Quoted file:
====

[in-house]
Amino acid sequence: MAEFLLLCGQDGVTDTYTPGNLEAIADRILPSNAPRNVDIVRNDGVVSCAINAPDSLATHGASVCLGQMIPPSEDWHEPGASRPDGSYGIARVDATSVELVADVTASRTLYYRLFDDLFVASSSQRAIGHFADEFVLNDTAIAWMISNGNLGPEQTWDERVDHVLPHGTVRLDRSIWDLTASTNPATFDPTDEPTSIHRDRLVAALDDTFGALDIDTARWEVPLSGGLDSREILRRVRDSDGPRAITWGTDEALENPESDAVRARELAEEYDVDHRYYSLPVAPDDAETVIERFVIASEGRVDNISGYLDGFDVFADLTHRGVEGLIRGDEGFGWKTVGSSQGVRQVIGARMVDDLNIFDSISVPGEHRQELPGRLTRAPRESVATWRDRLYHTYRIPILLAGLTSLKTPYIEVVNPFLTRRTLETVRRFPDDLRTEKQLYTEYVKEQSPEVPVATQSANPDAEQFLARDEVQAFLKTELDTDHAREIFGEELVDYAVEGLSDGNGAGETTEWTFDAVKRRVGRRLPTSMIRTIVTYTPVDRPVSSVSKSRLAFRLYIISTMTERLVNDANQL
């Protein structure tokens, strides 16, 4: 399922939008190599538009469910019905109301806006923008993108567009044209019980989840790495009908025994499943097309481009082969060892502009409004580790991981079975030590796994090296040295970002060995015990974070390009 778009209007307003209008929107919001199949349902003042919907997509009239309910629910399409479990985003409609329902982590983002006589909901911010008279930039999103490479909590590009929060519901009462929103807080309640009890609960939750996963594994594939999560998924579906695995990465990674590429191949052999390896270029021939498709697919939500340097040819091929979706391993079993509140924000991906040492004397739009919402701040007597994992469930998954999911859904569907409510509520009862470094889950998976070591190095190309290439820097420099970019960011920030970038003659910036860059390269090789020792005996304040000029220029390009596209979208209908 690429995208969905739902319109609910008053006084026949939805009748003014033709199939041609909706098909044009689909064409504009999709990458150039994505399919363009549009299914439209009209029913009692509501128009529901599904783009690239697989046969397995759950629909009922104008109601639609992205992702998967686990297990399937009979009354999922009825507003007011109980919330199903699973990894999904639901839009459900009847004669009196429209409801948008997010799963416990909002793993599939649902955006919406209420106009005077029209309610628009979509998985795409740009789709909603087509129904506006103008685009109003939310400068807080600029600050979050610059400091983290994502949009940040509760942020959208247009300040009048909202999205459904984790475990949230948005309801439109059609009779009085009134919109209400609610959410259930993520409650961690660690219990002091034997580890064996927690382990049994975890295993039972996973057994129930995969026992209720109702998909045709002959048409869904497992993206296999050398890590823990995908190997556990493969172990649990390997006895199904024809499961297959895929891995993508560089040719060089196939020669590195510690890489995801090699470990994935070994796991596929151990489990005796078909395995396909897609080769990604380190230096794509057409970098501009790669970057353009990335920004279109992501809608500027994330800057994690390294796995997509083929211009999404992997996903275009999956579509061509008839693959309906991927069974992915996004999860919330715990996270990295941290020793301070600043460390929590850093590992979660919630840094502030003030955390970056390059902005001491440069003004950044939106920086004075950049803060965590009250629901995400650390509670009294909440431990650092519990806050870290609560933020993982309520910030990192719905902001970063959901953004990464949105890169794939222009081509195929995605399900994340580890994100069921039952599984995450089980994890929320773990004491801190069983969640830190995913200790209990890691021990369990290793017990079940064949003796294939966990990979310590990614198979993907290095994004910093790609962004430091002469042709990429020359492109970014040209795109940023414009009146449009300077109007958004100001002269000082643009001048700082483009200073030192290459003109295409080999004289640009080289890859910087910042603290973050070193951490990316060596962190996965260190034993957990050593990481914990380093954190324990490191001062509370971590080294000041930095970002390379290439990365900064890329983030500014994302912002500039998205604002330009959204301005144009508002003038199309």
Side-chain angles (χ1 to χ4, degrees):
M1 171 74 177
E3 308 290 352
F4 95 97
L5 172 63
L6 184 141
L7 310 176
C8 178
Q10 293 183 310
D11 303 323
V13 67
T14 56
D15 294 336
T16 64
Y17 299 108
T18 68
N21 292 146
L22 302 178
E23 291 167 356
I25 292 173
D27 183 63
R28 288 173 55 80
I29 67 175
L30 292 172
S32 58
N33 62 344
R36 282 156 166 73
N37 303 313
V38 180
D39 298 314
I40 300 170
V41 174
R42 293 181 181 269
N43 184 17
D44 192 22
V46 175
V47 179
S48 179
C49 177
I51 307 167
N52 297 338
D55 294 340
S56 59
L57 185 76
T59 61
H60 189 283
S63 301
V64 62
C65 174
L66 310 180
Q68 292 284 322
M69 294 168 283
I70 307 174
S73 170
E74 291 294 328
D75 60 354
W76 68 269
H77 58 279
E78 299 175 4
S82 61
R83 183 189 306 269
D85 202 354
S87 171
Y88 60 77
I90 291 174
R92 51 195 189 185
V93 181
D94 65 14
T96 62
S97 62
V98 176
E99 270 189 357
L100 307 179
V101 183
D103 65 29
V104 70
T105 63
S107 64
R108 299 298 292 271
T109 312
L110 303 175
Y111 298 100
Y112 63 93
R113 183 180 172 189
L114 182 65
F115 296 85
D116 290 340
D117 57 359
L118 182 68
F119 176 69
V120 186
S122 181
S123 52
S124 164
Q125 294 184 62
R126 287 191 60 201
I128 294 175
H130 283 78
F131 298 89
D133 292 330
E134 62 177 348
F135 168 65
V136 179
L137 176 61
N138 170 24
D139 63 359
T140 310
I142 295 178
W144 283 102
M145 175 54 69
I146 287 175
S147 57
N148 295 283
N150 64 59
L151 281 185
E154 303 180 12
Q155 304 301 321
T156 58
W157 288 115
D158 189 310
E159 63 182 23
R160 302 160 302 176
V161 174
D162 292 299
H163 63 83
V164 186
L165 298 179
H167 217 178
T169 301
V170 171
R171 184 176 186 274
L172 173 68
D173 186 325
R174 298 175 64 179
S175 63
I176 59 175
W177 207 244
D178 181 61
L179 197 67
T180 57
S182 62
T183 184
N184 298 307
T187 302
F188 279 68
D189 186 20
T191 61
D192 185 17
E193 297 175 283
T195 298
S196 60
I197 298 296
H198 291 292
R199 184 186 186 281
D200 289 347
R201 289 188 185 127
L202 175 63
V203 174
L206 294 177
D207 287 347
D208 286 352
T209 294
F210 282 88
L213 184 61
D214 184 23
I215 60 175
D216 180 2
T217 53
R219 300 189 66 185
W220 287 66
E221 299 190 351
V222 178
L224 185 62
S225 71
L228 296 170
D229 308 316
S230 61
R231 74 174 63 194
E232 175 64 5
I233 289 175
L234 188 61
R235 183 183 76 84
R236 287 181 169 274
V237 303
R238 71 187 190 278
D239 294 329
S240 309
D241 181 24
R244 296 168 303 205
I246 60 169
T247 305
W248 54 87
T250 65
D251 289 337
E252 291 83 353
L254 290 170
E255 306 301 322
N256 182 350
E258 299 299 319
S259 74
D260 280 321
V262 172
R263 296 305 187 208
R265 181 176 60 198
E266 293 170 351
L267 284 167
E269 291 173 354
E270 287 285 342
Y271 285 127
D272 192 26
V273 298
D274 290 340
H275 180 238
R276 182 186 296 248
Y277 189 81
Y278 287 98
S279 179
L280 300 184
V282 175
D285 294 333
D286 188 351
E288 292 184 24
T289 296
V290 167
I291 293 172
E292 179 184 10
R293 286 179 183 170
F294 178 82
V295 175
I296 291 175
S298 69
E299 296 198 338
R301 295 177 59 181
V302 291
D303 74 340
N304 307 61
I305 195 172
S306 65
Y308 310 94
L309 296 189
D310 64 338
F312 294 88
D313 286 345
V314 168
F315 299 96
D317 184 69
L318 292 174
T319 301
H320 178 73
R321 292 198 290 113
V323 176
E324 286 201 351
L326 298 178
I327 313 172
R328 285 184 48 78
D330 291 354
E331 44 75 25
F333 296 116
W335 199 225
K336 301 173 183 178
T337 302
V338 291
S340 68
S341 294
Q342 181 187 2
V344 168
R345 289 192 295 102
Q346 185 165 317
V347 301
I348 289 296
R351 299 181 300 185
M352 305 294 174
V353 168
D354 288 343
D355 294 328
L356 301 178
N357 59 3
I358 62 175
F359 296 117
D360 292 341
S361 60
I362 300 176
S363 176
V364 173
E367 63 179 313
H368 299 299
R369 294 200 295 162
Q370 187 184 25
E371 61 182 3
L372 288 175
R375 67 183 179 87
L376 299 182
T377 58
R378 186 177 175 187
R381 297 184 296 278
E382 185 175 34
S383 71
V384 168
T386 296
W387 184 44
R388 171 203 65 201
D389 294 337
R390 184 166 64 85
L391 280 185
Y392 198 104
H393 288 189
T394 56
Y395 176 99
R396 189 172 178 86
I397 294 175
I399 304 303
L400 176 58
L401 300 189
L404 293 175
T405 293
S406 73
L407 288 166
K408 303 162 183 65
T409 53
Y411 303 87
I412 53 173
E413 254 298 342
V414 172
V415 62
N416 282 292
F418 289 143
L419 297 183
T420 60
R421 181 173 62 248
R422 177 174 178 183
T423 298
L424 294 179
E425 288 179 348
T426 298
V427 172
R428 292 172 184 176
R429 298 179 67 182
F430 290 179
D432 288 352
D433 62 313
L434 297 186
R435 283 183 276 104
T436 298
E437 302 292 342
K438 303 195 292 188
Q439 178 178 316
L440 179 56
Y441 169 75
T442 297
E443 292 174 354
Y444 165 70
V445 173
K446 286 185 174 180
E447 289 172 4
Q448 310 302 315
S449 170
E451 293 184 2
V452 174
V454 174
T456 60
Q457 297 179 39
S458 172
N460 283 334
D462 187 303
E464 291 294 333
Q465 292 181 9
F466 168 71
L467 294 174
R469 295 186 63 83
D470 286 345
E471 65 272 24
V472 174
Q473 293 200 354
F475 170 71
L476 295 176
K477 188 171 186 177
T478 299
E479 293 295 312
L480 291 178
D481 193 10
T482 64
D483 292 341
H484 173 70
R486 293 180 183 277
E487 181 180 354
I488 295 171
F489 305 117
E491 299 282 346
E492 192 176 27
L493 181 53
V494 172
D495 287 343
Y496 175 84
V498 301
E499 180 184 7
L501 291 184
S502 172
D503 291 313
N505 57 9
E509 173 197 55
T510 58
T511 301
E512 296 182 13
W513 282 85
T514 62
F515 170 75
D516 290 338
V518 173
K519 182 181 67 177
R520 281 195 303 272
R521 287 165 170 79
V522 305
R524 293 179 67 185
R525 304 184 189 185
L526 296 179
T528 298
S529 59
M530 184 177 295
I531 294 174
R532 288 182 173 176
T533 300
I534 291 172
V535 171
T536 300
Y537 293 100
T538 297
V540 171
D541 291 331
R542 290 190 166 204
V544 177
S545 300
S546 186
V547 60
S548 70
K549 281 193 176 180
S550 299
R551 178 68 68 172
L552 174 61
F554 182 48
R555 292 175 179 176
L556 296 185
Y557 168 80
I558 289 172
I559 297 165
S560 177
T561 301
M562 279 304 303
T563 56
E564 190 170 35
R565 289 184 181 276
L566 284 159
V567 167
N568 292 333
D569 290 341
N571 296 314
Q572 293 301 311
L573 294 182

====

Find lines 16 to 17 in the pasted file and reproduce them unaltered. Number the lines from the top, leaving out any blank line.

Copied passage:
D15 294 336
T16 64